Eric John, Deputy Director, Video, works with media companies, publishers, and marketers to help grow their video business through industry standards, research, and buyer/seller best practices. He shares his insights on Super Bowl advertising and its impact on video.

Does the hype around Super Bowl advertising transfer over to video advertising?
Yes, I think the hype around Super Bowl advertising does transfer to video advertising. The pre (and post) game buzz around Super Bowl ads certainly drives continued views and engagement, including for commercials that are reformatted for other platforms (like vertical video on mobile). Super Bowl ads that continue to resonate invariably tap into the power of sight, sound and motion to tell a story and stir emotion, through humor, inspiration, or even just providing a glimpse of a favorite celeb

What’s your favorite example of a brand maximizing cross-screen viewer engagement during the Super Bowl?
Over the years, Esurance has done a great job at maximizing cross-screen viewer engagement during the Super Bowl. Three years ago, Esurance bought the first ad right after the Super Bowl finished. In their commercial, they touted that they saved $1.5 million by running their spot immediately following, rather than during the game (a clever stunt for a company whose mission is to save their customers money). However, Esurance also spurred incredible viewer engagement by giving a chance to win that $1.5 million, by Tweeting “#EsuranceSave30.” The winner was picked at random and announced during ABC’s Jimmy Kimmel Live three days after the Super Bowl. Their brand message was ultimately shown to millions of viewers that tuned into the game and those viewers were further incentivized to engage on Twitter, extending the brand’s reach on that social platform. These are the kinds of cross-platform, promotional strategies that are increasingly becoming a core part of marketer’s event-driven playbooks.

What do you think about the trend of brands “leaking” their Super Bowl ads online ahead of game day?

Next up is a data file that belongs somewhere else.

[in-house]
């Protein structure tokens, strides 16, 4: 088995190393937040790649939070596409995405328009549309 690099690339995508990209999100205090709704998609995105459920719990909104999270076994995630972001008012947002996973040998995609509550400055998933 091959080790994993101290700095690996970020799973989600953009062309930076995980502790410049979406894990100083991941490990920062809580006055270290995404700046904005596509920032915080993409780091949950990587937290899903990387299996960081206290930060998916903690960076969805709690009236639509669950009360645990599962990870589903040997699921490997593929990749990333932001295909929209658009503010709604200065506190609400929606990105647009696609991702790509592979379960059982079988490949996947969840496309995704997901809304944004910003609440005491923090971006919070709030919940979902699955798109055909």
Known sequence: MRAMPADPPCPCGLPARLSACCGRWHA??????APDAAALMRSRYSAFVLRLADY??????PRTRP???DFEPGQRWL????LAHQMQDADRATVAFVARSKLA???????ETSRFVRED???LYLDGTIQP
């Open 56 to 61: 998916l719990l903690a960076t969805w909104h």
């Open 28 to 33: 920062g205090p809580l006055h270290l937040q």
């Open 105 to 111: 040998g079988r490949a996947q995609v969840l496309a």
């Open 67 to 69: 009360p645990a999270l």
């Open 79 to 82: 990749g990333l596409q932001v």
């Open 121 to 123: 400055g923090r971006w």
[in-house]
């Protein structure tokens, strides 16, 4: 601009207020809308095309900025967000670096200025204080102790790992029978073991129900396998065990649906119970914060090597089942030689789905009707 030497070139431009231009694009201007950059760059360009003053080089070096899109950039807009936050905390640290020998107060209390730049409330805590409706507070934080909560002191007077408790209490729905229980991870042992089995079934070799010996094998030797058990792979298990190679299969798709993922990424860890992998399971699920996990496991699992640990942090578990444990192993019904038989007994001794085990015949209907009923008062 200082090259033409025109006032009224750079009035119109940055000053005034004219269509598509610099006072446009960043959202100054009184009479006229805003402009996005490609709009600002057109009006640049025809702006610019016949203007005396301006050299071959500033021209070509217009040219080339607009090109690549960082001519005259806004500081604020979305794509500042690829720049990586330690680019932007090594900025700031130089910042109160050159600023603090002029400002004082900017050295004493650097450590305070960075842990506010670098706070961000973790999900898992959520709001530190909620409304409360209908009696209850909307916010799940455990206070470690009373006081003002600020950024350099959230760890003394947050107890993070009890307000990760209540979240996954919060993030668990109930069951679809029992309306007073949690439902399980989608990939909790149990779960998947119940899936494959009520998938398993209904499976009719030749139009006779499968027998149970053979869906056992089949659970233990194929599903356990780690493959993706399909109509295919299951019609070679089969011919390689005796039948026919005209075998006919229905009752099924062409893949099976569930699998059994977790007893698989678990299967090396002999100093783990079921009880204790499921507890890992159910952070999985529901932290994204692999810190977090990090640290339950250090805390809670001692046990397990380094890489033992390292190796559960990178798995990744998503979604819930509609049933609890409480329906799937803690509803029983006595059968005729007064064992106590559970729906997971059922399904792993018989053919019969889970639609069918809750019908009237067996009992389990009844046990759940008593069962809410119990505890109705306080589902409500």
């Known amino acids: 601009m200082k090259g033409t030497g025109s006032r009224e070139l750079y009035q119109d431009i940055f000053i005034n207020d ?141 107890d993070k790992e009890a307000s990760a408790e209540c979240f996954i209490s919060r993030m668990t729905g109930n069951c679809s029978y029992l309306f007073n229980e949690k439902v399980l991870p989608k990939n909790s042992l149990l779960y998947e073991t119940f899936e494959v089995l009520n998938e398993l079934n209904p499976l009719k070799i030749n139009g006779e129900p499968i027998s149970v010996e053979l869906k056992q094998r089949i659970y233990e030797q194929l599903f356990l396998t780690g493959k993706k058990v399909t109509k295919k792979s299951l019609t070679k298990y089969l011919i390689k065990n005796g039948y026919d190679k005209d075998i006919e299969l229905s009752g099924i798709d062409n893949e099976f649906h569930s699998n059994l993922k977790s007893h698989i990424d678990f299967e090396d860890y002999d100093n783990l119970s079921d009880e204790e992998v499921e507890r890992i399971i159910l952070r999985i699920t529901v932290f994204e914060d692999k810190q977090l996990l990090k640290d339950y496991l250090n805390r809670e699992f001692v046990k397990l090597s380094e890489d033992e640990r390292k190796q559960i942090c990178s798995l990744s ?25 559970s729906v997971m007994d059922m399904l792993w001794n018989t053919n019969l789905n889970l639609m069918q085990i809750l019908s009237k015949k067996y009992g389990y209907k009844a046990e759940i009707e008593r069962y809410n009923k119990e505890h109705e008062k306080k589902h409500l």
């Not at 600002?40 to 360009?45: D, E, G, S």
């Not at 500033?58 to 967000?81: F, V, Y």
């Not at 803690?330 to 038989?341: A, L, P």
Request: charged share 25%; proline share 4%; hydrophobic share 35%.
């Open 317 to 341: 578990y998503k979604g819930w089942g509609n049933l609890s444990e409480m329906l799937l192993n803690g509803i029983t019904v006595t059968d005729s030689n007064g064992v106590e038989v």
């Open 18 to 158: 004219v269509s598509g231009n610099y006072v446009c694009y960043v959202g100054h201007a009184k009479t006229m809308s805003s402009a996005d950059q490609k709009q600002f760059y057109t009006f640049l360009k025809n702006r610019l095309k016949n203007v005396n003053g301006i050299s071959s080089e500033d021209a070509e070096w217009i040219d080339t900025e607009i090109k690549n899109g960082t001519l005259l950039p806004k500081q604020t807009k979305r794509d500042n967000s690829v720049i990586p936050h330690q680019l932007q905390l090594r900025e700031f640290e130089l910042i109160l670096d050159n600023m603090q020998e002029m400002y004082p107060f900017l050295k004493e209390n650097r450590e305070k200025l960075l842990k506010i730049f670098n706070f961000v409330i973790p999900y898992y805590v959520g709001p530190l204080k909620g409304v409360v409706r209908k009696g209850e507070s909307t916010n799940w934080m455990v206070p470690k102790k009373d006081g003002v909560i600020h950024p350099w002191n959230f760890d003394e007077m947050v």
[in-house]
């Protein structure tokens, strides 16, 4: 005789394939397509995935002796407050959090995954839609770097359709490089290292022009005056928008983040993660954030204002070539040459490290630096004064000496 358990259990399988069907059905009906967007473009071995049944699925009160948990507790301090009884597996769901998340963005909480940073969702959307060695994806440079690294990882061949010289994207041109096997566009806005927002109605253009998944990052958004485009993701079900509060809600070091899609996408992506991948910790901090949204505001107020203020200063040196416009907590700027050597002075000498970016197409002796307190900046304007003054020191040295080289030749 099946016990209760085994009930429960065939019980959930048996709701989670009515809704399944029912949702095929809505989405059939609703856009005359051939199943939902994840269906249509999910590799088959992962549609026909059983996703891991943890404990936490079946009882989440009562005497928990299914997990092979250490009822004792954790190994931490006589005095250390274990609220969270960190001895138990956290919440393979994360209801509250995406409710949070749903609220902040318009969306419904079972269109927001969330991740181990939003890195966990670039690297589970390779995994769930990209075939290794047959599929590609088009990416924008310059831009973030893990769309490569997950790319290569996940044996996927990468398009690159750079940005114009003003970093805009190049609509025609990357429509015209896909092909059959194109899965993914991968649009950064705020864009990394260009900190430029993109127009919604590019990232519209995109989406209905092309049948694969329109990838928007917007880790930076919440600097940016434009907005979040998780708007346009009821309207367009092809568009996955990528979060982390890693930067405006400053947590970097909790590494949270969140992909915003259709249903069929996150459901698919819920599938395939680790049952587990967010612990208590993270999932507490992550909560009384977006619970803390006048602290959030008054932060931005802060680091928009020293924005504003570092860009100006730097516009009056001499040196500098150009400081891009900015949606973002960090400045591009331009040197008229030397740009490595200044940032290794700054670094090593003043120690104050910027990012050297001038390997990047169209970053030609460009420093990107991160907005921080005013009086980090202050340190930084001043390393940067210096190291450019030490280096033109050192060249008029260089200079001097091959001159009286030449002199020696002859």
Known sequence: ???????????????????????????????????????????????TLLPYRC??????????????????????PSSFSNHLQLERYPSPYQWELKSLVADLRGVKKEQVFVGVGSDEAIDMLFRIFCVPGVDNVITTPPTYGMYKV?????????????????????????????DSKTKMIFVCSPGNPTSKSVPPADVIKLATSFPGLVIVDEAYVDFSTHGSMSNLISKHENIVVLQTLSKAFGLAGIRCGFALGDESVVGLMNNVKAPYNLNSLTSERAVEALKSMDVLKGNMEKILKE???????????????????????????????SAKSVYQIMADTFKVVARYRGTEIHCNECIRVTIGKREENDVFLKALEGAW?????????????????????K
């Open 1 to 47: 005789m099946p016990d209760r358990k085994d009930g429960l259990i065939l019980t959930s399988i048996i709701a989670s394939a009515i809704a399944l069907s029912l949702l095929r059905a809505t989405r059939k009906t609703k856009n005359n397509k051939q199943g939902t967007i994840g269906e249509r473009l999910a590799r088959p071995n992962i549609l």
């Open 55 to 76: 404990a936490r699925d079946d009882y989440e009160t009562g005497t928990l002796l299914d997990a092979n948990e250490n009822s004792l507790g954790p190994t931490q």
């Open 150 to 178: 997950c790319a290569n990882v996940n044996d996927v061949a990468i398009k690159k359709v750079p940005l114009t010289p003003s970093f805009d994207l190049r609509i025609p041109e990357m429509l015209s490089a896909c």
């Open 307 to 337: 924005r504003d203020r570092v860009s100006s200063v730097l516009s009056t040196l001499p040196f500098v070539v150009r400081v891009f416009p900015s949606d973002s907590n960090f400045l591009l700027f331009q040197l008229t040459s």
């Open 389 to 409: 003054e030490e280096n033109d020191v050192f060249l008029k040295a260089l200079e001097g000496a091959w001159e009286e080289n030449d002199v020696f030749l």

There’s a couple of schools of thought on this. Some brands prefer to do their “big reveal” during the game. Others, like Budweiser for instance, have produced short teaser ads as a preview for their longer Super Bowl commercials. Their strategy is to build audiences in advance across multiple platforms, especially social, to help increase reach as well as game day awareness and post-game response. Ultimately these brands are looking to maximize their sizable Super Bowl investment and ensure that their ads have a long shelf life, reaching the widest audience possible (because believe it or not, not everybody watches the Super Bowl).

 Do you have a ritual/tradition for watching the Super Bowl?
I love watching both the game and the commercials. Sometimes we gather to watch with friends and family and some years I watch it solo. The one tradition I do have is making sure that I have my favorite snacks on hand (mainly nachos and lots of them).

 Anything we should have asked that you’d like to add?
Direct-to-consumer brands are on the rise (a trend we’ll be exploring at the upcoming IAB Annual Leadership Meeting). We’re seeing brands managing their own supply chains, bypassing middlemen (including traditional indirect marketing) and reducing costs for consumers. Many of these direct-to-consumer brands are side-stepping traditional channels especially during their start-up phases because they’re increasingly able to develop personal relationships with consumers via other channels (like social media). At the same time, we’re seeing some of these same direct-to-consumer brands starting to dip their toes into Advanced TV (OTT and Addressable TV) and traditional linear TV advertising as they become more established. An example is Dollar Shave Club that purchased a Super Bowl ad in the 2016 game. It will be interesting to see if more direct-to-consumer brands jump into Super Bowl advertising this year as well.

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